November 30, 2018
Here comes the 116th Congress — Jim Ellis’s full report is below, but here’s the top line: “In January, the chamber will feature 235 Democrats and 200 Republicans, a gain of 40 Democratic seats when compared to the previous Congress. A total of 93 are freshmen, not counting the eight members who came to the House as special election winners in 2017 and ’18 who were elected to a full term earlier this month. Of the 93 freshmen, 62 are Democrats. A total of 244 House members will have served three full terms or less when the new Congress convenes, making this the least senior chamber in the modern political era.”
House Democrats elect leadership — House Democrats voted 203-35 on Wednesday to nominate Rep. Nancy Pelosi (D-CA) as Speaker of the House in the next Congress. Pelosi needs 217 votes to win the Speaker’s race in January. Rep. Steny Hoyer (D-MD) was elected majority leader, Rep. James Clyburn (D-SC) was elected majority whip, and Rep. Ben Ray Luján (D-NM) was elected assistant Democratic leader. Democrats chose Rep. Hakeem Jeffries (D-NY) to chair the Democratic caucus, and the Congressional Black Caucus elected Rep. Karen Bass (D-CA) as chair.
US, Mexico, Canada sign trade agreement that includes financial forum — The leaders of the US, Canada, and Mexico signed the new free trade agreement in Buenos Aires today, which Senator Charles Grassley (R-IA) has described as “95 percent . . . the same as NAFTA.” The agreement does update language on financial services and digital trade, and creates sharing authority for information about financial market development, emerging risks, and regulatory practices. US financial services providers will receive the same regulatory treatment as local providers, and all countries must allow electronic signatures for digital transactions. The agreement requires implementing legislation, which both houses of Congress will take up next year.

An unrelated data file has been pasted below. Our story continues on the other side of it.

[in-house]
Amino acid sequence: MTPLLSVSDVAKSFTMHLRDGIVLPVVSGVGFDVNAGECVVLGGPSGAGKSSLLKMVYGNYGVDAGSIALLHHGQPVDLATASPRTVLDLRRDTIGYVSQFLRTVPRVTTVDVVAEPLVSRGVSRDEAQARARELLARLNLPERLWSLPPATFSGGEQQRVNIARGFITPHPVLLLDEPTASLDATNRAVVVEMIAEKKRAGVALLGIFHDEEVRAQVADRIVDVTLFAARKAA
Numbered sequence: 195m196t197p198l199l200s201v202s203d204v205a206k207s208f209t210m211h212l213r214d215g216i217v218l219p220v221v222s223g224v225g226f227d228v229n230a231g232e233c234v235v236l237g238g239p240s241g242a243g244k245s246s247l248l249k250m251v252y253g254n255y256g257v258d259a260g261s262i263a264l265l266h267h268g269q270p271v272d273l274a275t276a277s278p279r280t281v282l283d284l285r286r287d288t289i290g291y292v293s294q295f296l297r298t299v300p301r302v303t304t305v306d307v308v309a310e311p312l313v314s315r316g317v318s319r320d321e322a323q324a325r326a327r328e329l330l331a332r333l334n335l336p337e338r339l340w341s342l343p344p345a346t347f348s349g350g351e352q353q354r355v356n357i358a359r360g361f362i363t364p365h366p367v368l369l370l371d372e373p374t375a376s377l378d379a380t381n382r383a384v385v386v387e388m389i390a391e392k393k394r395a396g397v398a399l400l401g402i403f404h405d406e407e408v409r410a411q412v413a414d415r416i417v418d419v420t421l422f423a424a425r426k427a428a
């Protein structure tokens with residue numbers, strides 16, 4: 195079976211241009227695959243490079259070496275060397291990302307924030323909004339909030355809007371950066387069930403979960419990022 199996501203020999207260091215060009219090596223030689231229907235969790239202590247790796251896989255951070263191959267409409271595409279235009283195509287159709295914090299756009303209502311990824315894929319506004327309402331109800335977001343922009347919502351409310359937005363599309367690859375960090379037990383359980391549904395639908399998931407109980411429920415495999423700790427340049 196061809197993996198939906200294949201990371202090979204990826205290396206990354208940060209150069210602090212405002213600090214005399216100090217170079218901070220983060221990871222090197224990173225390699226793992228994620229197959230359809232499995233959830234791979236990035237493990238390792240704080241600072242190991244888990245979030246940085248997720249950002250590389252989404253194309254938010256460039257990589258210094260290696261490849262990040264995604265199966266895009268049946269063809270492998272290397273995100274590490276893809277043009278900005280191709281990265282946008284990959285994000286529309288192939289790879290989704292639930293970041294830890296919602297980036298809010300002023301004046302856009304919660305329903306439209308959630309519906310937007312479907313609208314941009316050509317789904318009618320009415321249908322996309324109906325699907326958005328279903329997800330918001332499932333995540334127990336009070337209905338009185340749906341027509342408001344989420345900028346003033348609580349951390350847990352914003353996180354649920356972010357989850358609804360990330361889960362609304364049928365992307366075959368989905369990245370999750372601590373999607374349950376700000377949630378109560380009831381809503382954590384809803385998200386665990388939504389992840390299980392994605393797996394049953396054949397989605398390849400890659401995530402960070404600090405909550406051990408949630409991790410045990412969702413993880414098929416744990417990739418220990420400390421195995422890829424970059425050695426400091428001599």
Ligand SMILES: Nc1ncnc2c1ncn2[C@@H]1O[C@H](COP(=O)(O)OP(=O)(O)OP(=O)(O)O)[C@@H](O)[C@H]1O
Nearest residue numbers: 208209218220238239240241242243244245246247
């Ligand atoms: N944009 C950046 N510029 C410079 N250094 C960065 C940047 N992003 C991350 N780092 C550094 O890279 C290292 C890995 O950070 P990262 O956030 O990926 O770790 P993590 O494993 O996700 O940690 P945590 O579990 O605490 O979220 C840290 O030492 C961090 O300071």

House, Senate pass one-week flood insurance extension — The House of Representatives passed a one-week extension of the National Flood Insurance Program on Thursday night, by a vote of 350-46 and over the strenuous objections of House Financial Services Committee Chairman Jeb Hensarling (R-TX). Hensarling’s committee passed a five-year reauthorization and restructuring bill last year that the Senate never took up, and Hensarling called Thursday’s vote “a sad, embarrassing day.” The Senate approved the extension by unanimous consent, and separately passed a six-month extension bill.
Crapo sees bipartisan support for BSA reform — At a Senate Banking Committee hearing yesterday, Chairman Mike Crapo (R-ID) said that consensus has emerged: “[M]embers of the Committee are united on the idea that there is room for change in a decades-old system that will yield a modernized BSA anti-money laundering regime.” Exactly what that reform will include, Crapo couldn’t say, but it seems likely to include a federal beneficial ownership standard. Committee members on both sides were interested in the idea of raising the threshold for Bank Secrecy Act reporting, but the FBI’s witness said they’re seeing a proliferation of small-dollar transactions used for terrorism funding. The OCC suggested that FinCEN be subject to the EGRPRA regulatory review process that the banking agencies go through, with public hearings, notice and comment, but FinCEN Director Blanco said this would be an unnecessary layer of bureaucracy that would pull resources from FinCEN’s mission.
FTC asks for civil money penalties, rulemaking authority — All five board members of the Federal Trade Commission appeared before the Senate Commerce Subcommittee on Consumer Protection, Product Safety, Insurance, and Data Security for an oversight hearing that focused on privacy and data security issues. FTC Chairman Joseph J. Simons said that the agency needs more authority in this area, including the power to seek civil penalties; jurisdiction over nonprofit organizations and common carriers; and rulemaking authority under the Administrative Procedures Act. All five commissioners agreed on the need for a strong federal privacy law and a national standard for data security.